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Originally Posted by Skygazer View Post
However, people refusing to move from Vancouver because of weather is definitely a real thing, especially among born-and-raised Vancouverites. I've seen people dismiss the possibility of moving to any other region of Canada because coastal BC has the only acceptable climate in the country in their opinion, as well as many people that would be open to moving elsewhere but are intimidated by the thought of cold winters and/or hot summers.
Now that does sound fairly plausible. Though I know tons of people from BC who've moved here, and they'll only admit to missing the mountains and the ocean if asked. The weather never comes into it.

I could definitely see how "mountains and ocean" would be cause for painful homesickness if you grew up with them. Heck, I only lived in Taiwan for six years of my adult life, and that was long ago, and I still feel pangs of regret at being away from this: https://www.google.ca/maps/@23.46310...7i13312!8i6656.
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  #47  
Old Posted May 8, 2017, 4:11 AM
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Originally Posted by MonctonRad View Post
I would consider a move to coastal BC just to escape the continual heavy snowfalls from repeated nor'easters in the winter time and the marked delay in the arrival of spring every year here in the Maritimes.

East coasters are used to humid damp weather and prolonged periods of rainfall, so I don't think that aspect of the BC climate would faze me. I just don't like 450 cm of snow every freaking winter.........
Not sure if you're exaggerating or not but 450 cm is nuts. I spent one winter in London ON and it snowed a tad over 200 cm, and that was too much for me. Of course that was also in 2014 so we never got any mild spells to melt it either which made it seem worse, but regardless twice that amount of snow is just insane.

It's one of the things that I can truthfully say I prefer about Alberta winters is the lack of big dumps of snow. Total annual snow is around the same as Toronto, but getting more than 10cm in one storm is rare. Of course the trade off is that it can snow from early October into May. And it generally stays on the ground all winter in Edmonton.
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  #48  
Old Posted May 8, 2017, 5:36 AM
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Originally Posted by rousseau View Post
Yeah, it's subjective, but I have a very strong suspicion that the preening smugness about it not being quite so cold in January is a self-defense mechanism in reaction to how very depressing six months of rain is.

But the idea of anyone moving to Vancouver for the weather is so far-fetched as to be laughable, and I don't believe it for a second. I think you're exaggerating or outright lying about "many people" living in Vancouver precisely for the weather. It just doesn't add up (unless maybe you're talking about people from Winnipeg). Or you happen to know the only six people from Montreal in history who did this.

We've gone over this before ad infinitum on this forum, but it bears repeating in light of all this delusion. Let's be real here: people in Ontario or Quebec motivated by their dislike of cold weather do not move to Vancouver. Rather, they winter in Florida. They're a phenomenon called "snowbirds" for a reason. They're not "BC birds," or "Vancouver retirees." It just doesn't happen.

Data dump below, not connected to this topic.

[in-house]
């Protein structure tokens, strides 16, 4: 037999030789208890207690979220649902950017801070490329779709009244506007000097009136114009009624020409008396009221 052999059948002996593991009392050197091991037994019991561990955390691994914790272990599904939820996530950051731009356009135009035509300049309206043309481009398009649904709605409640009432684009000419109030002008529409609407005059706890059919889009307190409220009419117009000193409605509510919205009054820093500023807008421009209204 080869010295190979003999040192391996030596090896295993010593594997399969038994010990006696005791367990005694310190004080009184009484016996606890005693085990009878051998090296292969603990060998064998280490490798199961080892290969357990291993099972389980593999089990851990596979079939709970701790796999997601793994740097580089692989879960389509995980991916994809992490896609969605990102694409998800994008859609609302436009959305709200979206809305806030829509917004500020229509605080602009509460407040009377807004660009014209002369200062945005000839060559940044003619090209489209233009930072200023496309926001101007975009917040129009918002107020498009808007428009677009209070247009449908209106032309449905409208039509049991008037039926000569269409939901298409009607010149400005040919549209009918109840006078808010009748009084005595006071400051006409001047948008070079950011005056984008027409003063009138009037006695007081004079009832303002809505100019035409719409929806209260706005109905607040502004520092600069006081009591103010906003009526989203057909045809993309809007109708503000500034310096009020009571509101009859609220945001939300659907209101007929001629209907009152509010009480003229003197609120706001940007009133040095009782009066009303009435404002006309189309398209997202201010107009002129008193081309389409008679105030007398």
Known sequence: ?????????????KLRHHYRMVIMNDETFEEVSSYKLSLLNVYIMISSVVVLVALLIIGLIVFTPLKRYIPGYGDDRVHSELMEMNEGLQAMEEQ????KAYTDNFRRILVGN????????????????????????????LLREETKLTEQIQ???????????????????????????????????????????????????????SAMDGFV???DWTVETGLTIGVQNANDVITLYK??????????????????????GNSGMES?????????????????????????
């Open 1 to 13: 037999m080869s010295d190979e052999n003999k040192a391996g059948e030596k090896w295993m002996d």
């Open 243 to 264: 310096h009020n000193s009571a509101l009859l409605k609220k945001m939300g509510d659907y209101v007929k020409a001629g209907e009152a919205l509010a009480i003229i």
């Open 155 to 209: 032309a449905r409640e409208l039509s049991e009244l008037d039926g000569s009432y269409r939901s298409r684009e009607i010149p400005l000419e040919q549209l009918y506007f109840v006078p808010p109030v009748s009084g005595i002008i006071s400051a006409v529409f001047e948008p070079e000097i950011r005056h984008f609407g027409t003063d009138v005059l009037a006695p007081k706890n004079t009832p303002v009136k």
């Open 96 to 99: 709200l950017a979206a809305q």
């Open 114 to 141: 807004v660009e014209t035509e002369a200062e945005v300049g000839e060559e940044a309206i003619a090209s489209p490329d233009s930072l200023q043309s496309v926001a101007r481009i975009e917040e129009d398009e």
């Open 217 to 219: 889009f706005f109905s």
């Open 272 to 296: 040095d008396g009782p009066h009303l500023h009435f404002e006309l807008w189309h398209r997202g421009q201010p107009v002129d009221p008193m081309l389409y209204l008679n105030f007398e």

(Again, if you're talking about a plausible source of winter weather refugees then you're talking about the Prairies, but not southern Ontario).

On the other hand, the idea that people would move to Vancouver because the summers in Toronto and Montreal are too hot is so preposterous I can't believe you actually suggested this. I mean, sure, I bet there really are people who don't like summer weather that much, and prefer Vancouver in July, but an identifiable phenomenon that is measurably or anecdotally significant?

"Toronto's so hot in summer, I'm moving to Vancouver because it's not so hot." Said no one ever. Hilarious!
I grew up in Ontario and live in Vancouver. The things you scoff at are things I hear all the time as to why people choose to live here. A lot of people retire in BC because of the weather. The winters have periods where it rains often but it is not "6 months of rain". You're obviously going to continue to believe what you want but it's not based in lived reality here. Why that bothers you so much doesn't make sense to me.

There are subjective reasons to live anywhere. These are simply common reasons people have for living here.

Last edited by dreambrother808; May 8, 2017 at 6:02 AM.
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  #49  
Old Posted May 8, 2017, 5:40 AM
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Originally Posted by middeljohn View Post
Not sure if you're exaggerating or not but 450 cm is nuts. I spent one winter in London ON and it snowed a tad over 200 cm, and that was too much for me. Of course that was also in 2014 so we never got any mild spells to melt it either which made it seem worse, but regardless twice that amount of snow is just insane.